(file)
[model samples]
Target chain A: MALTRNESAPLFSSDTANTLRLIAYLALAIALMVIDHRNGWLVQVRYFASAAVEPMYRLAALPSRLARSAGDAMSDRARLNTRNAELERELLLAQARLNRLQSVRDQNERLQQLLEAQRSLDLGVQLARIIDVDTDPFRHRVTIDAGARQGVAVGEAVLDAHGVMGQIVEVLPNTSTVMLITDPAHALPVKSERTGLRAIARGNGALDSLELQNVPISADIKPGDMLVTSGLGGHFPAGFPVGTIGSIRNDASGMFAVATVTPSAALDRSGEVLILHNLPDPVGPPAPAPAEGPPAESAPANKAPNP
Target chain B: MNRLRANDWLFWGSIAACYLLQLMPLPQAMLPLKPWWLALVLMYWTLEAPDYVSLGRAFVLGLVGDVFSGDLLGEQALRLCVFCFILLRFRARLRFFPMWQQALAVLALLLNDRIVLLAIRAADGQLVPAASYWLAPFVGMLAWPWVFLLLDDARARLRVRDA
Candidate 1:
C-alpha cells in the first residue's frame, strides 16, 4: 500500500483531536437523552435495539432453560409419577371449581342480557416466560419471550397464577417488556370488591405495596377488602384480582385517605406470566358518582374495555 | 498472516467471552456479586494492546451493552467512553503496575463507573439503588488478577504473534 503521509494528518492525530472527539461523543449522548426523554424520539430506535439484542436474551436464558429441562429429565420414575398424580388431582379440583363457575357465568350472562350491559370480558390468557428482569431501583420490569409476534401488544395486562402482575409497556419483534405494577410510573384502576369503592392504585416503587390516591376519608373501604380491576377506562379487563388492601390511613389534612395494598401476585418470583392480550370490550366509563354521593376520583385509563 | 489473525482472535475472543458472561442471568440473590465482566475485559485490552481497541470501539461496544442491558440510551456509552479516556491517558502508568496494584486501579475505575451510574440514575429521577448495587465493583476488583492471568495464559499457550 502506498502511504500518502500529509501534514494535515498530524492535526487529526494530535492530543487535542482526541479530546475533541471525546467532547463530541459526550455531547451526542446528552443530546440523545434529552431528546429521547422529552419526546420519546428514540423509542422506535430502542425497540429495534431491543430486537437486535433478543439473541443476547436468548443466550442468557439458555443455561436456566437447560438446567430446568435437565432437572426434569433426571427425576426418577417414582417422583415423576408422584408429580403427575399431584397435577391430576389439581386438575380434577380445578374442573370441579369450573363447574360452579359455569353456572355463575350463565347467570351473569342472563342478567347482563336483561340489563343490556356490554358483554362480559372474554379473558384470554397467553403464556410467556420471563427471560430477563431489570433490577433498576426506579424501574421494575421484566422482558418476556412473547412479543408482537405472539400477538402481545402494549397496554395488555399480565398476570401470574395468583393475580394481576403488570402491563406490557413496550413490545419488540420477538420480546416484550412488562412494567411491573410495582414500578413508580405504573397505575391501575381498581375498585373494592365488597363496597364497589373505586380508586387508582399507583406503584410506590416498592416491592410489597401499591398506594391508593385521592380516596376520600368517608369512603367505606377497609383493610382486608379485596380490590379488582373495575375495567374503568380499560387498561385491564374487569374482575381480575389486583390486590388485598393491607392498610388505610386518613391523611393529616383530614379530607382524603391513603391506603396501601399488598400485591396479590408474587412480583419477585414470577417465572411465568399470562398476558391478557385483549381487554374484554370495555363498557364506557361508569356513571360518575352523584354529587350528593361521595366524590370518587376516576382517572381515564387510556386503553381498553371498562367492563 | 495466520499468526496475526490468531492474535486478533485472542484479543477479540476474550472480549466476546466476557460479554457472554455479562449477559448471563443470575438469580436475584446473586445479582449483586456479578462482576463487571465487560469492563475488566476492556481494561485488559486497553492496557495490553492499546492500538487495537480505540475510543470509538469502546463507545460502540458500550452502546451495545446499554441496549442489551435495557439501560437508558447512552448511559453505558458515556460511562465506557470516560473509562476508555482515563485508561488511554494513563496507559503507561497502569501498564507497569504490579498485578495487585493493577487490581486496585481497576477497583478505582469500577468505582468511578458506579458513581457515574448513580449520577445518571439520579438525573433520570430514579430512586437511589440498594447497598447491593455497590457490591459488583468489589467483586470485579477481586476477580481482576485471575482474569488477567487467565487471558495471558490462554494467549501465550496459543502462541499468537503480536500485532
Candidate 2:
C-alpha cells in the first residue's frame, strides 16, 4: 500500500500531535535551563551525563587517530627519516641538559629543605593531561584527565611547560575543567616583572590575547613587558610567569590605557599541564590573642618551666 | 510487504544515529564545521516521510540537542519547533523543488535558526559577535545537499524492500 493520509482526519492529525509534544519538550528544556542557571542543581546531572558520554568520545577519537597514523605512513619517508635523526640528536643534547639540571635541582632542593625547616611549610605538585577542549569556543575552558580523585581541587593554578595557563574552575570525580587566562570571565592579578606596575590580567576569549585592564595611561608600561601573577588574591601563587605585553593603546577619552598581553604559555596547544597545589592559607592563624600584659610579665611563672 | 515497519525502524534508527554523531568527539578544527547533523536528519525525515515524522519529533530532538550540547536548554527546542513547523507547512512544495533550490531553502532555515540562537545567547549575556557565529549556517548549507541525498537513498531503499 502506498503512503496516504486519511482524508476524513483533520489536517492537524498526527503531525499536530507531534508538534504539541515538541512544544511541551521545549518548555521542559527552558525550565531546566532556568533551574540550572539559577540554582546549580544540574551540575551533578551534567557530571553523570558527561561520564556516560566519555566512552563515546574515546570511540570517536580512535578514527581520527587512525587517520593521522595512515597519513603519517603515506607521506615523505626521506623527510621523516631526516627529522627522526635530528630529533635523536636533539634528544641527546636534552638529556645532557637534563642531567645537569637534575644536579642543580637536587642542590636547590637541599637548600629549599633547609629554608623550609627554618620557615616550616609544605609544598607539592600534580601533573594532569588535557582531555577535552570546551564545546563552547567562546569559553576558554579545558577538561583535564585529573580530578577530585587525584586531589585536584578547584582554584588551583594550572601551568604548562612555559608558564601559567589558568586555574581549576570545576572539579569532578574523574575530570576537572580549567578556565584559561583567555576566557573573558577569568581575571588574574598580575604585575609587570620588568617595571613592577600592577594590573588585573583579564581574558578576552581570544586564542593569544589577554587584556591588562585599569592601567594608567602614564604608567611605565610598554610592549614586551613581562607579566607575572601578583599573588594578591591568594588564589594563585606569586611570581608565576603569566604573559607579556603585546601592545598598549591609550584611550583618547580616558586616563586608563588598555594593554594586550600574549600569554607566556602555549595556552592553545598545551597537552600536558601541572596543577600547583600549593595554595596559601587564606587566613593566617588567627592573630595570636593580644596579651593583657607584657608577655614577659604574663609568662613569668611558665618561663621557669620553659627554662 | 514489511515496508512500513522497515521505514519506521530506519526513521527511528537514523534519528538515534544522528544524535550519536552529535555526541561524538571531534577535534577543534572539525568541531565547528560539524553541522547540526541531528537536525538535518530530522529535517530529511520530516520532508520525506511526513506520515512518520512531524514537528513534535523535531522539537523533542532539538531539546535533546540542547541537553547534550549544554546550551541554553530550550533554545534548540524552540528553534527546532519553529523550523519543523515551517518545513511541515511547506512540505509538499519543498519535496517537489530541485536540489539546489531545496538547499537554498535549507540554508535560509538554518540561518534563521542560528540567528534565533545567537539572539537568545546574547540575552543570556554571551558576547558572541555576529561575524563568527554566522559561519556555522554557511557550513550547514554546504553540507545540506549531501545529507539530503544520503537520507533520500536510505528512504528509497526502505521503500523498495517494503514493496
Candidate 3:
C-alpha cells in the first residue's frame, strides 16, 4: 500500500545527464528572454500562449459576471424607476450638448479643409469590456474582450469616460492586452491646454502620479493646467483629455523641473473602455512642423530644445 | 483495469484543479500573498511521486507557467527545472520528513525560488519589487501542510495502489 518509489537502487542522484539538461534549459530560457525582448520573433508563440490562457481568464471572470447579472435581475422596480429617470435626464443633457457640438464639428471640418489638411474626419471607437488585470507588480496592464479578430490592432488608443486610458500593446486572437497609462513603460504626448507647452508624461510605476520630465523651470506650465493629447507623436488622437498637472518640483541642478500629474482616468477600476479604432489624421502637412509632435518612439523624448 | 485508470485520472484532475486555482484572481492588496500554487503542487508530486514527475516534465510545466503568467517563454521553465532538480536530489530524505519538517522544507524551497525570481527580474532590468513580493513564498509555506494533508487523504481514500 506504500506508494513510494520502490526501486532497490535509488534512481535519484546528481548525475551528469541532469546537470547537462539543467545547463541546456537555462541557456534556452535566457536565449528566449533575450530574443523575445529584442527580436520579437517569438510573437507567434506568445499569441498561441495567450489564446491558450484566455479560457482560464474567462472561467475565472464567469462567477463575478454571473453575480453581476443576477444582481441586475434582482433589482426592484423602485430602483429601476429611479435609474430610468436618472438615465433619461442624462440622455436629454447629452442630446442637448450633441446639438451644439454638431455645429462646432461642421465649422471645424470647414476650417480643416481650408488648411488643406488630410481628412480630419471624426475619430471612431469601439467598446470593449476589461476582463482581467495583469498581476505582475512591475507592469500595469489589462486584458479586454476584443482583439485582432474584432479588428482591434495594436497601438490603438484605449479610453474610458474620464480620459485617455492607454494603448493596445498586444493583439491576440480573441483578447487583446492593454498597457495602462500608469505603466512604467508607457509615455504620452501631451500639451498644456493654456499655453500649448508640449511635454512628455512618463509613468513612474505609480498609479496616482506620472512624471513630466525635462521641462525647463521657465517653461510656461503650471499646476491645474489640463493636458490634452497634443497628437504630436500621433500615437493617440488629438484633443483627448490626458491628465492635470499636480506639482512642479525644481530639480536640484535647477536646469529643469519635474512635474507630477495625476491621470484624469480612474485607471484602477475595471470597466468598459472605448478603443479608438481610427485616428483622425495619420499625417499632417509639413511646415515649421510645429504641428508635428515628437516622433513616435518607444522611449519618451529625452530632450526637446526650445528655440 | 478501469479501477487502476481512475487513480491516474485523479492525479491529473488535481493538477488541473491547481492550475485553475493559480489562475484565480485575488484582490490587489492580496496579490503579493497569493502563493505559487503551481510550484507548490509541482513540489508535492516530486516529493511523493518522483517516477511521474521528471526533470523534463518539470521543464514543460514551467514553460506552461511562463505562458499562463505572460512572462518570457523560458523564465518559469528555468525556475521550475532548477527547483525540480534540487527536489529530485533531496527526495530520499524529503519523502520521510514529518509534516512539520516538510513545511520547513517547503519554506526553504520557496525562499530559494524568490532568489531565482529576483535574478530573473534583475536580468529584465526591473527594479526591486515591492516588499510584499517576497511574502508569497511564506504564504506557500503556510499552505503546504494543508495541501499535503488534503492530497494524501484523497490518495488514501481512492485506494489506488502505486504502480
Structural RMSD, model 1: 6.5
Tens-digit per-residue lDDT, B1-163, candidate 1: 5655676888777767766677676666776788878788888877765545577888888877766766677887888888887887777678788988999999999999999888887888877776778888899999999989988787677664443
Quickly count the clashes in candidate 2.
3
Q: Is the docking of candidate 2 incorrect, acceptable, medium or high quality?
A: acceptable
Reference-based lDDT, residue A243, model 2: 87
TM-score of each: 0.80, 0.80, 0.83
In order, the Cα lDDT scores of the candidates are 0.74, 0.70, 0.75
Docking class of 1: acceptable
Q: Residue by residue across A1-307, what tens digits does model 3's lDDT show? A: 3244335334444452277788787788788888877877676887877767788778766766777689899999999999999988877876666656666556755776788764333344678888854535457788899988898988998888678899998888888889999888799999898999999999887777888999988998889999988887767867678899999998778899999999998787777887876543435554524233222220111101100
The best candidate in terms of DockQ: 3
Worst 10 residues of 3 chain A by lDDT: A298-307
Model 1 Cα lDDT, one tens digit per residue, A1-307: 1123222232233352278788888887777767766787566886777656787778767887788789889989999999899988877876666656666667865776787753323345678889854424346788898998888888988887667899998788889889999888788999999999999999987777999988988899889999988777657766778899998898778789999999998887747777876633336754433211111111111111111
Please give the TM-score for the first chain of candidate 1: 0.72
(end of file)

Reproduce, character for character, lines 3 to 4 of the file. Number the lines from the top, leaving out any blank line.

Target chain B: MNRLRANDWLFWGSIAACYLLQLMPLPQAMLPLKPWWLALVLMYWTLEAPDYVSLGRAFVLGLVGDVFSGDLLGEQALRLCVFCFILLRFRARLRFFPMWQQALAVLALLLNDRIVLLAIRAADGQLVPAASYWLAPFVGMLAWPWVFLLLDDARARLRVRDA
Candidate 1: